It was an anxious wait for the third ranked rider in the world as Connor Fearon (SA) had the opportunity to knock his mate off top spot, but couldn’t better Brosnan’s 3min 45:46sec to again take silver behind his fellow South Australian, with Josh Button (NSW) in third.
“Its been such tough battle between Connor and I, we’re really good friends and I thought he might’ve had this one this year,” Brosnan said.
“It was hard to get down in one piece to be honest.”
Plenty of talk surrounded the big time battle between Brosnan and five time World Champion Sam Hill (WA), but it was Fearon who threw himself into the mix with the fastest seeding run to ensure he’d be last down the hill for the final.
SBS will broadcast one hour of the 2016 Australian Mountain Bike National Championships highlights on Sunday 27 March from 4pm AEDT.
With sister Tracey having claimed the elite women only moments before, Mick Hannah, was keen to add to his national title haul of four, the last won back in 2013 but the Cairns resident ended up finishing fifth.
As hundreds lined the course to get a chance to see Hill in action, the Western Australia rider couldn’t produce, with a time of 4min 01:79sec seeing him finish 8th.
Button, who last finished on the podium back in 2009, produced a sensational run of 3min 51:59sec to tighten the screws on the last two on the course in Brosnan and Fearon.
And despite only getting back on his downhill bike for the first time since he crashed and dislocated his shoulder in Thredbo earlier in the week, the 22-year-old was dialled in.
“I was coming to ride for fun but felt good this weekend and thought I’d give it a crack and put it all in the back of my head of what’s happened before this race and it all worked out.”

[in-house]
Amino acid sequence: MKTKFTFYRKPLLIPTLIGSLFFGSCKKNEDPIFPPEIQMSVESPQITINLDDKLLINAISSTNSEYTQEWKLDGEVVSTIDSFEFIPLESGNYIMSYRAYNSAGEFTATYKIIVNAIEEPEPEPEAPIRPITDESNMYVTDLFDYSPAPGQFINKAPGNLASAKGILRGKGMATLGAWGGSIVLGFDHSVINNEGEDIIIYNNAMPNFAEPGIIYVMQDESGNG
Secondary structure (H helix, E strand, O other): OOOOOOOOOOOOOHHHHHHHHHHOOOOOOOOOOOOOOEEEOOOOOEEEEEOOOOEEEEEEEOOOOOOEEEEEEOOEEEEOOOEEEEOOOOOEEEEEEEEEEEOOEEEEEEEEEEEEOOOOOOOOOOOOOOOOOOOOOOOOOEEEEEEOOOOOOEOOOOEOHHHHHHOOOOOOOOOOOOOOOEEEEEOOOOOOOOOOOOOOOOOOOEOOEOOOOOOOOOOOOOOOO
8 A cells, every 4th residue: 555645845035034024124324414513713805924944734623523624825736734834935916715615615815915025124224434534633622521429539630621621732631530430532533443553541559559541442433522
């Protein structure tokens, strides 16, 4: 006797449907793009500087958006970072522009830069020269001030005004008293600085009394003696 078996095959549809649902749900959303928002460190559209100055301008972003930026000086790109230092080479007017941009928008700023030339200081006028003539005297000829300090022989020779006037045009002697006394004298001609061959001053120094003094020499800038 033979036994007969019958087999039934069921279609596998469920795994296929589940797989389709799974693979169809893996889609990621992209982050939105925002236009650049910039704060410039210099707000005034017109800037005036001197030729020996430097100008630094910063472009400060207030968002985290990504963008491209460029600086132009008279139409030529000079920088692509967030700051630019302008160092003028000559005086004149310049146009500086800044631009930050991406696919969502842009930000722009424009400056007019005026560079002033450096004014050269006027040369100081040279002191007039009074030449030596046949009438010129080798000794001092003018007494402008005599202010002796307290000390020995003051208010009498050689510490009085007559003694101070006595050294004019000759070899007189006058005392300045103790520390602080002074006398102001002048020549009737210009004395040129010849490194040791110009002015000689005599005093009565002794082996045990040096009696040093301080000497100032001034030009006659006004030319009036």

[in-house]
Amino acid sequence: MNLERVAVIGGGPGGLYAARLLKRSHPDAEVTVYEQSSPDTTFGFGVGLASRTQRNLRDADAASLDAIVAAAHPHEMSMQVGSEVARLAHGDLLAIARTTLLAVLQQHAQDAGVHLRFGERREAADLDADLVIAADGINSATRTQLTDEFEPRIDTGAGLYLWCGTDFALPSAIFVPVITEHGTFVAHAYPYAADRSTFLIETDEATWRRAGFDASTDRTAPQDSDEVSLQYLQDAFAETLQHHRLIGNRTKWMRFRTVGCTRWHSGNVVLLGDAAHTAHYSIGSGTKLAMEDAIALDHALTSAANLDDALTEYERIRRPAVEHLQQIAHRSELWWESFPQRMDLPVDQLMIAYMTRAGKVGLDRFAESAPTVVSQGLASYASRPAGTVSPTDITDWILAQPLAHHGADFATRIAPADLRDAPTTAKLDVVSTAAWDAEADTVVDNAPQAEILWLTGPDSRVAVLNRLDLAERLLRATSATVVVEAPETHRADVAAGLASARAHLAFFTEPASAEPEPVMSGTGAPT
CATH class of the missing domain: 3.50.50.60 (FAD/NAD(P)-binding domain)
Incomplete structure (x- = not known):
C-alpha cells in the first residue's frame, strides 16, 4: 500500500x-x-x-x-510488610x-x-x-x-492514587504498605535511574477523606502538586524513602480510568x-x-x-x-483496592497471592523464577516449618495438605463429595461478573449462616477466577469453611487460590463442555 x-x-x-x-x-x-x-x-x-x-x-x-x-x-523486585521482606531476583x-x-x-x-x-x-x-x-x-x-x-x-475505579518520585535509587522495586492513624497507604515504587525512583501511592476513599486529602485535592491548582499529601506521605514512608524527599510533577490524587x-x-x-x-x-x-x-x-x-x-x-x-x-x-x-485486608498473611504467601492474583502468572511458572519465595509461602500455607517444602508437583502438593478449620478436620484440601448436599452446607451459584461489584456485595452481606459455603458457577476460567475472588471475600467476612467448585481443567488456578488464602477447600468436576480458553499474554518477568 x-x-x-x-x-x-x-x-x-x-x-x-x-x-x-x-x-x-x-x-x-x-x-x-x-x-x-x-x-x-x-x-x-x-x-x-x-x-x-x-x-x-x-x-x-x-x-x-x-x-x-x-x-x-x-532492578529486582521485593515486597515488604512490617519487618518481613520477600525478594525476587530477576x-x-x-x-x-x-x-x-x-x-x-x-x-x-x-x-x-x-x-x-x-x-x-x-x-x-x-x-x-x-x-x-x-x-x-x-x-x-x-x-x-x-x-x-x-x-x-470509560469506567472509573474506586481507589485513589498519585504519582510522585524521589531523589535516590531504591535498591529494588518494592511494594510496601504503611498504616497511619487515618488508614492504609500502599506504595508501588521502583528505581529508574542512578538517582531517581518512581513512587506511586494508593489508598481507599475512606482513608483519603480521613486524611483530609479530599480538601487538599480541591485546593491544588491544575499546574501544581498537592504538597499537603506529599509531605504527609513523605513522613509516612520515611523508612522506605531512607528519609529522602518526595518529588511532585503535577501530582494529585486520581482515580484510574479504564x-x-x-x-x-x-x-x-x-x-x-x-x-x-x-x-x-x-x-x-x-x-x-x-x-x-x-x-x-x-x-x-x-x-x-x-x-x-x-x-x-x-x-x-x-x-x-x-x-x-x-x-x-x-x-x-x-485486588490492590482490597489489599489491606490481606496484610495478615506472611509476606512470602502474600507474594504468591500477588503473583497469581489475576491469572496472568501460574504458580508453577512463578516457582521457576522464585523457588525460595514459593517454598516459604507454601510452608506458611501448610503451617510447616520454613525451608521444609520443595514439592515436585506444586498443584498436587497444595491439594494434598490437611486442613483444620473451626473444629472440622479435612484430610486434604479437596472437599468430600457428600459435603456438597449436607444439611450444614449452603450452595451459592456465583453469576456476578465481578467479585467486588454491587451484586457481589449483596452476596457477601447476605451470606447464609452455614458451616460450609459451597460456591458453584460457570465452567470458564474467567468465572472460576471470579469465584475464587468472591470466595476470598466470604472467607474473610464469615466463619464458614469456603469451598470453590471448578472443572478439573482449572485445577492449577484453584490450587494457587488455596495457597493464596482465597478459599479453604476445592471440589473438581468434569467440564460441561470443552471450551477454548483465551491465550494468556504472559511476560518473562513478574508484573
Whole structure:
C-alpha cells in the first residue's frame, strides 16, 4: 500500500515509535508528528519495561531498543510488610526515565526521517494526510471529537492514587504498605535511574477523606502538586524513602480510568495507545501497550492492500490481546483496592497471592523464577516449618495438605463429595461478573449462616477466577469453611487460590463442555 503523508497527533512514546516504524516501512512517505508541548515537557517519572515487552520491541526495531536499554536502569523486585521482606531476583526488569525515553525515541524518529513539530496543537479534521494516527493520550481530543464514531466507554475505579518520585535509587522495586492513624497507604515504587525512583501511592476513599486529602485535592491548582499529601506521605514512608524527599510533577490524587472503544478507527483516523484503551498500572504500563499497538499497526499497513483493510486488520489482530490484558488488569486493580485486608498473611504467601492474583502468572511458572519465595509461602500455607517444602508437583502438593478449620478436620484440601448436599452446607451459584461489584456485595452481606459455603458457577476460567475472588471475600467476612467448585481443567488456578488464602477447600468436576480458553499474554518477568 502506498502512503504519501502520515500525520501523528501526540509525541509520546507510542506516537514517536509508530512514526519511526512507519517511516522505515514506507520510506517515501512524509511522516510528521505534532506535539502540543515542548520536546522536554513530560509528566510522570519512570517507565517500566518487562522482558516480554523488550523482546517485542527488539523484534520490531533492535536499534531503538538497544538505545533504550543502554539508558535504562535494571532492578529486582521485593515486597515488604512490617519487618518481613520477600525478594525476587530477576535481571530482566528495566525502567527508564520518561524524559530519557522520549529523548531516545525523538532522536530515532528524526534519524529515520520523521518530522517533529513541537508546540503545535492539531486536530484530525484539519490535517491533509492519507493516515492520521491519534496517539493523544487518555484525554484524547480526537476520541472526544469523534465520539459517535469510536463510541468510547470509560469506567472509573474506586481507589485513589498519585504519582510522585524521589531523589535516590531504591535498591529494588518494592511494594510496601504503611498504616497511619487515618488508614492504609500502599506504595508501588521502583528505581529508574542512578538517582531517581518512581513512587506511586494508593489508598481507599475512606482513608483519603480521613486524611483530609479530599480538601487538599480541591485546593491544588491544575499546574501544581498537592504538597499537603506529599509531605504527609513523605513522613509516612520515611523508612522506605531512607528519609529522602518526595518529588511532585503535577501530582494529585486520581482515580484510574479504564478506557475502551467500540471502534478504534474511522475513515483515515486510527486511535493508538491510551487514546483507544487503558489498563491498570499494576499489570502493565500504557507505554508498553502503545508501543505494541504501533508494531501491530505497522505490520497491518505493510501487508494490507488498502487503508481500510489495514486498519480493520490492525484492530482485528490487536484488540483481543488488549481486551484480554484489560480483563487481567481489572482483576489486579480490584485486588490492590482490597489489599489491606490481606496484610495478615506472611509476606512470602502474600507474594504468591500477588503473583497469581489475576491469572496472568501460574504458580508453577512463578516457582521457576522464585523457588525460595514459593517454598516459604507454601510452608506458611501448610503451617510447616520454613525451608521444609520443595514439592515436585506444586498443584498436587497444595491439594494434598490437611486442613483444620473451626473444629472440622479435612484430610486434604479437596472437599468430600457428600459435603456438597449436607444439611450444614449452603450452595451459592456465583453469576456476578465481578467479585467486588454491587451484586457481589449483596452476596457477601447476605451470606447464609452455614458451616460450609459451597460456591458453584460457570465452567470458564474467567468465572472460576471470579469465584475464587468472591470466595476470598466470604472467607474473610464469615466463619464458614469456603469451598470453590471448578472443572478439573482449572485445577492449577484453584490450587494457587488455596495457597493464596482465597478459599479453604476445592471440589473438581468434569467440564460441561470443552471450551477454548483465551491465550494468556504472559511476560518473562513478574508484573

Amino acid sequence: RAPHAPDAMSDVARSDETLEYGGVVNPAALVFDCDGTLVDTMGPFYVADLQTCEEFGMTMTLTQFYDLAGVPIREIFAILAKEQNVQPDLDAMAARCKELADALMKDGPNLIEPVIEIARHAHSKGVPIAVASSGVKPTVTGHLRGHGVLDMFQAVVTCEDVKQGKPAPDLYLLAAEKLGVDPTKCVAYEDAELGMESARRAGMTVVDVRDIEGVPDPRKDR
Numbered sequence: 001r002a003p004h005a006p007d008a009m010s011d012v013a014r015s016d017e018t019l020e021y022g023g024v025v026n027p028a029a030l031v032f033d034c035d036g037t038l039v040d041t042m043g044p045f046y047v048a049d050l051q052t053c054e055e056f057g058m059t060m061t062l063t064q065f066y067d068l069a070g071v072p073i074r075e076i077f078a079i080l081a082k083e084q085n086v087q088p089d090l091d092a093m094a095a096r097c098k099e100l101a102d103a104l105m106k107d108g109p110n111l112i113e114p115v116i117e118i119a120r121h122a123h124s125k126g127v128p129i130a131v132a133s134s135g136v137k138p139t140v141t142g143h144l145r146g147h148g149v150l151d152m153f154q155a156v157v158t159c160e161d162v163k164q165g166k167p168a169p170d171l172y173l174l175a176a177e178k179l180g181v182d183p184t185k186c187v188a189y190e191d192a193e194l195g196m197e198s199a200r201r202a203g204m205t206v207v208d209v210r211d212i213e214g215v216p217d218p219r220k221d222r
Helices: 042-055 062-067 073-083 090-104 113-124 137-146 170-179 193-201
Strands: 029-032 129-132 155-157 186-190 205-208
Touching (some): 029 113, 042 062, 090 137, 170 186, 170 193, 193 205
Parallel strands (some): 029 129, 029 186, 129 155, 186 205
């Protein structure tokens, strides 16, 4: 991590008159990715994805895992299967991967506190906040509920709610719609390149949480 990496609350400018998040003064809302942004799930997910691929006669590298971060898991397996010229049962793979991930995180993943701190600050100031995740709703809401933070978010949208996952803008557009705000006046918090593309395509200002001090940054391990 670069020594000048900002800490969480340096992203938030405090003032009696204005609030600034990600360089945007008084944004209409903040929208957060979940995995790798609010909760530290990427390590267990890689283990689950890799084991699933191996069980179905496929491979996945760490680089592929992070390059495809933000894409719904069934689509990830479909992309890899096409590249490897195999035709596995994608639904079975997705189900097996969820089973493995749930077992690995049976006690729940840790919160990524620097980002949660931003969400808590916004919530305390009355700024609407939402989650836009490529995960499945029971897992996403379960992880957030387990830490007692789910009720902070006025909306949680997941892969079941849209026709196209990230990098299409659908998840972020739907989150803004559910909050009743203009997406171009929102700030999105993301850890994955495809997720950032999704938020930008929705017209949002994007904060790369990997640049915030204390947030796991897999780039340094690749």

For Fearon, it’s the third straight year he’s been out-classed by Brosnan to the Australian jersey.
“It always seems Troy is one step ahead, but still trying to catch him and hope to beat him one day.”
In the women's elite event, Tracey Hannah won her ninth Australian downhill championship with a flawless run.
The 27-year-old proved just why she has reigned in her division since taking her first title back in 2004, with Lisa Mathison (QLD) and Danielle Beecroft (NSW) rounding out the podium.
“It’s good take that form overseas with me and to fly the Aussie flag over there makes me really proud to race for this country," Hannah said.
It would be Hannah’s only Australian competition ahead of the Cairns World Cup next month, and the Queenslander didn’t let the huge contingent of fans down that cheered her down the course.
“Everybody knows my name and my nickname.”
“It’s really good the support and look forward to that when we have the world cup it’s gonna be a million times that in my home town can’t wait.”
Despite a hiccup at the start of the seeding run on Saturday which saw her flip over the handlebars, the world number three would still record the fastest time for the finals.
“I put a lot of pressure on myself to have a good run.”
With Tegan Molloy out with a broken collarbone, it was left to the returning Beecroft to throw the down the gauntlet, and the New South Wales rider held the hot-seat with a 5min 15:87sec run.
That was until 2004 Athens Cross Country Olympian Lisa Mathieson, tossed age aside and took the top spot by 10seconds, showing she’s revelling in being back on the big stage.
“It's wicked to be back to have a crack at this level of racing, and a bonus to come back and face riders like Tracey at the nationals and be amongst this atmosphere," she said.
However Hannah was tearing down Mystic Mountain and left no doubt as to who would be taking home the gold for record ninth time, clocking 4min 39:12sec - more than 16 seconds ahead of her fellow Queenslander.